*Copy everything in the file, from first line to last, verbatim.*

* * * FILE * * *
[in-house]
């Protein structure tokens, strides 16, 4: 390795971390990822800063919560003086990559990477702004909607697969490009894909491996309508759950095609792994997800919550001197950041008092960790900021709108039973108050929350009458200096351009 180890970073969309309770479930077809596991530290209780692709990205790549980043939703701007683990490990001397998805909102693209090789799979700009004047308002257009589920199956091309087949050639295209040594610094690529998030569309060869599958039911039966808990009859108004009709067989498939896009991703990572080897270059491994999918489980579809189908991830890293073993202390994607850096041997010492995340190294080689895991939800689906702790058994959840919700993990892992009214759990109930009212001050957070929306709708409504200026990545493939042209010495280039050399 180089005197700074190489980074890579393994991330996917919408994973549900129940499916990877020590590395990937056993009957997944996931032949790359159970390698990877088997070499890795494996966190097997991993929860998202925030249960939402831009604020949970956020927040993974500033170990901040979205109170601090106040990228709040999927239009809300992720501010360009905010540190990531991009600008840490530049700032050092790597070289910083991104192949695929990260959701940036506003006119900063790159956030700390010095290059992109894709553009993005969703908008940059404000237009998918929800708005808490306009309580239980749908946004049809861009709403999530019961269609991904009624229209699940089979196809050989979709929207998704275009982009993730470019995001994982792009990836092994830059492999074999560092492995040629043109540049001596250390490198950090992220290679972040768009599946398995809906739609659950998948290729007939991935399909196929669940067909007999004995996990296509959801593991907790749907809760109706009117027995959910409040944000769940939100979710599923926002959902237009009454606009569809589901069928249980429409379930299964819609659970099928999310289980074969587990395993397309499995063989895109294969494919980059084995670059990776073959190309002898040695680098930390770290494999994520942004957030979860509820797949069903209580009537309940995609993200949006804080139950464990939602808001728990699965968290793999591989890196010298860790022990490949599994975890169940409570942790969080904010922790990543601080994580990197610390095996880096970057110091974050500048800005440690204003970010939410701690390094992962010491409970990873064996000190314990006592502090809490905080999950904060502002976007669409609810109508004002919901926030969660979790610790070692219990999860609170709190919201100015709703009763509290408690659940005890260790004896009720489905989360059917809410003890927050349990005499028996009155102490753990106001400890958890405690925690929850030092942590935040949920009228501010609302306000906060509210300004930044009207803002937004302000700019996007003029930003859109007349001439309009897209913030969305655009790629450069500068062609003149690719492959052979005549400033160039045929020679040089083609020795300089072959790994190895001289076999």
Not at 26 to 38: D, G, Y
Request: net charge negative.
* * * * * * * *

[in-house]
């Protein structure tokens, strides 16, 4: 390795971390990822800063919560003086990559990477702004909607697969490009894909491996309508759950095609792994997800919550001197950041008092960790900021709108039973108050929350009458200096351009 180890970073969309309770479930077809596991530290209780692709990205790549980043939703701007683990490990001397998805909102693209090789799979700009004047308002257009589920199956091309087949050639295209040594610094690529998030569309060869599958039911039966808990009859108004009709067989498939896009991703990572080897270059491994999918489980579809189908991830890293073993202390994607850096041997010492995340190294080689895991939800689906702790058994959840919700993990892992009214759990109930009212001050957070929306709708409504200026990545493939042209010495280039050399 180089005197700074190489980074890579393994991330996917919408994973549900129940499916990877020590590395990937056993009957997944996931032949790359159970390698990877088997070499890795494996966190097997991993929860998202925030249960939402831009604020949970956020927040993974500033170990901040979205109170601090106040990228709040999927239009809300992720501010360009905010540190990531991009600008840490530049700032050092790597070289910083991104192949695929990260959701940036506003006119900063790159956030700390010095290059992109894709553009993005969703908008940059404000237009998918929800708005808490306009309580239980749908946004049809861009709403999530019961269609991904009624229209699940089979196809050989979709929207998704275009982009993730470019995001994982792009990836092994830059492999074999560092492995040629043109540049001596250390490198950090992220290679972040768009599946398995809906739609659950998948290729007939991935399909196929669940067909007999004995996990296509959801593991907790749907809760109706009117027995959910409040944000769940939100979710599923926002959902237009009454606009569809589901069928249980429409379930299964819609659970099928999310289980074969587990395993397309499995063989895109294969494919980059084995670059990776073959190309002898040695680098930390770290494999994520942004957030979860509820797949069903209580009537309940995609993200949006804080139950464990939602808001728990699965968290793999591989890196010298860790022990490949599994975890169940409570942790969080904010922790990543601080994580990197610390095996880096970057110091974050500048800005440690204003970010939410701690390094992962010491409970990873064996000190314990006592502090809490905080999950904060502002976007669409609810109508004002919901926030969660979790610790070692219990999860609170709190919201100015709703009763509290408690659940005890260790004896009720489905989360059917809410003890927050349990005499028996009155102490753990106001400890958890405690925690929850030092942590935040949920009228501010609302306000906060509210300004930044009207803002937004302000700019996007003029930003859109007349001439309009897209913030969305655009790629450069500068062609003149690719492959052979005549400033160039045929020679040089083609020795300089072959790994190895001289076999």
Not at 26 to 38: D, G, Y
Request: net charge negative.